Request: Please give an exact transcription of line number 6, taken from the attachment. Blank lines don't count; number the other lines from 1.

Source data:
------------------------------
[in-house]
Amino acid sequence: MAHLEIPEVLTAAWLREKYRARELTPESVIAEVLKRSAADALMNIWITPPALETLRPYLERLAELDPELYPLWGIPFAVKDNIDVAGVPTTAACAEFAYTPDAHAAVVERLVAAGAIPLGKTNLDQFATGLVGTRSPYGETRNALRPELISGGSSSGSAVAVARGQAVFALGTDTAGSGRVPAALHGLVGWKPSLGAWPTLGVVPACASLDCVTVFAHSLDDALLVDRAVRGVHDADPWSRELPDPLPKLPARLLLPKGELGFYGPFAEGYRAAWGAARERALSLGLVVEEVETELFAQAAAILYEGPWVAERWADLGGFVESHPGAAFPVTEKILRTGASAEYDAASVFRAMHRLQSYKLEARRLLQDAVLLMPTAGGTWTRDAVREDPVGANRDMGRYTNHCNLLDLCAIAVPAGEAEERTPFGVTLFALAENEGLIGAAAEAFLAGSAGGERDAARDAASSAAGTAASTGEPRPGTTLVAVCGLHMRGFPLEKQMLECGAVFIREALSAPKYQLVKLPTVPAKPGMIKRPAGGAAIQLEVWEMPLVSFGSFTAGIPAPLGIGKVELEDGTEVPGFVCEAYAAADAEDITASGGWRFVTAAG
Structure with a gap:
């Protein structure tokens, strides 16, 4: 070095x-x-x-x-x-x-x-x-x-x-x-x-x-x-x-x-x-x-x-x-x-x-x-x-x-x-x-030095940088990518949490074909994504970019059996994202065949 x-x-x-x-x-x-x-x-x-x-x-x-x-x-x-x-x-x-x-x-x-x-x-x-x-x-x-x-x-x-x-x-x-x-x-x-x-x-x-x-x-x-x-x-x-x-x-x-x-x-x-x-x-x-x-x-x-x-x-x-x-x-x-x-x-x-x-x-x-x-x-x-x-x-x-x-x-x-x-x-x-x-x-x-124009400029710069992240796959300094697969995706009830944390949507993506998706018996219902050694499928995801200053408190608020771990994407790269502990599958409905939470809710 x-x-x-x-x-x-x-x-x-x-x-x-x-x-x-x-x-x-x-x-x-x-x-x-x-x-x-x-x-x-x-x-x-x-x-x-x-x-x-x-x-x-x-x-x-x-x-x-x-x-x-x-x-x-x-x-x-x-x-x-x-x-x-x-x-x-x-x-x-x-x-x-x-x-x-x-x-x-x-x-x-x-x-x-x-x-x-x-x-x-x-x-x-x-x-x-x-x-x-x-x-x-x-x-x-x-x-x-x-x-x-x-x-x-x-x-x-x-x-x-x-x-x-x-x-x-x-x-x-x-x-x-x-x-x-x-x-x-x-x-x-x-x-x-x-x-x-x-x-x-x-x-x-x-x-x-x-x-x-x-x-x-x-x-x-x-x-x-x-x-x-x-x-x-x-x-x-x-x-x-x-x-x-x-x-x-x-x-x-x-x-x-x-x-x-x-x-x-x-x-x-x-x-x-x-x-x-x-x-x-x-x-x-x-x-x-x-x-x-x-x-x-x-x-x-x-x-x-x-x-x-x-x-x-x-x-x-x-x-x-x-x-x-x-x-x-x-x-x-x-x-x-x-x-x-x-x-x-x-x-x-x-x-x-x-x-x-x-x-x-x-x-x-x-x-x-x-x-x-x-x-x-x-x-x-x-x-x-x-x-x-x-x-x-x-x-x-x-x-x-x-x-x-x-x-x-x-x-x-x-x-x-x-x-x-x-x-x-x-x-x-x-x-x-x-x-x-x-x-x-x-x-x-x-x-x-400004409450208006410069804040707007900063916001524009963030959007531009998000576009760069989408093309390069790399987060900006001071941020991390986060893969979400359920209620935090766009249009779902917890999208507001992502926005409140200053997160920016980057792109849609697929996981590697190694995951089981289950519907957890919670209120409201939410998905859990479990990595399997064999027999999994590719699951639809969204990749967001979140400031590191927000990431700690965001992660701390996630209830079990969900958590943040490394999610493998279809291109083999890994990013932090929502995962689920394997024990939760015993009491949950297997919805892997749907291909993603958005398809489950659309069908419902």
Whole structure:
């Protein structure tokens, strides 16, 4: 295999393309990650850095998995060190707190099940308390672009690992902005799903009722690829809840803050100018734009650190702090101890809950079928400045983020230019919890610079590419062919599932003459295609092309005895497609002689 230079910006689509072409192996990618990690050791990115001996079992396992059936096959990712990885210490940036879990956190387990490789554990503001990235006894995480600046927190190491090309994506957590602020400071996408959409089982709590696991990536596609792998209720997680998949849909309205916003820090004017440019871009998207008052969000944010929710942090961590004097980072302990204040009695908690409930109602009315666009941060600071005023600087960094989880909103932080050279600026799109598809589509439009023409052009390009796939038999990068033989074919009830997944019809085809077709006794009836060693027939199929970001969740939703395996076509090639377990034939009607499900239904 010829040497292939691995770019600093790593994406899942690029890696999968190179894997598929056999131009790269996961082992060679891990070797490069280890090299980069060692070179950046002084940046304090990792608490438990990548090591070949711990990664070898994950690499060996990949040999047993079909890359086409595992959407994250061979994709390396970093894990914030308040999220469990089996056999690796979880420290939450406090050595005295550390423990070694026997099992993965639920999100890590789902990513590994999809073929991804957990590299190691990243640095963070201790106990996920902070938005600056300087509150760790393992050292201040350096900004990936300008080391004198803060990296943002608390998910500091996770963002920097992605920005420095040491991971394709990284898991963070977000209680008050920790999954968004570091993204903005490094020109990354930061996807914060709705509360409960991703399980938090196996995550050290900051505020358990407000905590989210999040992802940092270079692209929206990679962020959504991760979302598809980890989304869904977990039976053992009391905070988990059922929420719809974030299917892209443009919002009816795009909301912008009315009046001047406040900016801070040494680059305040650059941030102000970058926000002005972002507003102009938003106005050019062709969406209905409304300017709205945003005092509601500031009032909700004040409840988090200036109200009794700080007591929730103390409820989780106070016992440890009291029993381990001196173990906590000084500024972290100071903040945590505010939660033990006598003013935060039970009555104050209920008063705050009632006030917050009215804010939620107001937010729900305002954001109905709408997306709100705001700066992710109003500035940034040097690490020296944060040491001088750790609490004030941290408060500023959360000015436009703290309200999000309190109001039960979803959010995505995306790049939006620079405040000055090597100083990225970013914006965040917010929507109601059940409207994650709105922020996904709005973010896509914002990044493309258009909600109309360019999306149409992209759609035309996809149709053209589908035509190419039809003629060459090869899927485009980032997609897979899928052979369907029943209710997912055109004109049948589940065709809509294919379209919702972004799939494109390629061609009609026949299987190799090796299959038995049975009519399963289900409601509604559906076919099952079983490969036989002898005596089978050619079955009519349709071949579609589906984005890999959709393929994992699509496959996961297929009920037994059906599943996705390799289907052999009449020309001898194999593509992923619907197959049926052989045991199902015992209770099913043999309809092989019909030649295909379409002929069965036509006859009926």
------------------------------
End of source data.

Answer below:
């Protein structure tokens, strides 16, 4: 295999393309990650850095998995060190707190099940308390672009690992902005799903009722690829809840803050100018734009650190702090101890809950079928400045983020230019919890610079590419062919599932003459295609092309005895497609002689 230079910006689509072409192996990618990690050791990115001996079992396992059936096959990712990885210490940036879990956190387990490789554990503001990235006894995480600046927190190491090309994506957590602020400071996408959409089982709590696991990536596609792998209720997680998949849909309205916003820090004017440019871009998207008052969000944010929710942090961590004097980072302990204040009695908690409930109602009315666009941060600071005023600087960094989880909103932080050279600026799109598809589509439009023409052009390009796939038999990068033989074919009830997944019809085809077709006794009836060693027939199929970001969740939703395996076509090639377990034939009607499900239904 010829040497292939691995770019600093790593994406899942690029890696999968190179894997598929056999131009790269996961082992060679891990070797490069280890090299980069060692070179950046002084940046304090990792608490438990990548090591070949711990990664070898994950690499060996990949040999047993079909890359086409595992959407994250061979994709390396970093894990914030308040999220469990089996056999690796979880420290939450406090050595005295550390423990070694026997099992993965639920999100890590789902990513590994999809073929991804957990590299190691990243640095963070201790106990996920902070938005600056300087509150760790393992050292201040350096900004990936300008080391004198803060990296943002608390998910500091996770963002920097992605920005420095040491991971394709990284898991963070977000209680008050920790999954968004570091993204903005490094020109990354930061996807914060709705509360409960991703399980938090196996995550050290900051505020358990407000905590989210999040992802940092270079692209929206990679962020959504991760979302598809980890989304869904977990039976053992009391905070988990059922929420719809974030299917892209443009919002009816795009909301912008009315009046001047406040900016801070040494680059305040650059941030102000970058926000002005972002507003102009938003106005050019062709969406209905409304300017709205945003005092509601500031009032909700004040409840988090200036109200009794700080007591929730103390409820989780106070016992440890009291029993381990001196173990906590000084500024972290100071903040945590505010939660033990006598003013935060039970009555104050209920008063705050009632006030917050009215804010939620107001937010729900305002954001109905709408997306709100705001700066992710109003500035940034040097690490020296944060040491001088750790609490004030941290408060500023959360000015436009703290309200999000309190109001039960979803959010995505995306790049939006620079405040000055090597100083990225970013914006965040917010929507109601059940409207994650709105922020996904709005973010896509914002990044493309258009909600109309360019999306149409992209759609035309996809149709053209589908035509190419039809003629060459090869899927485009980032997609897979899928052979369907029943209710997912055109004109049948589940065709809509294919379209919702972004799939494109390629061609009609026949299987190799090796299959038995049975009519399963289900409601509604559906076919099952079983490969036989002898005596089978050619079955009519349709071949579609589906984005890999959709393929994992699509496959996961297929009920037994059906599943996705390799289907052999009449020309001898194999593509992923619907197959049926052989045991199902015992209770099913043999309809092989019909030649295909379409002929069965036509006859009926």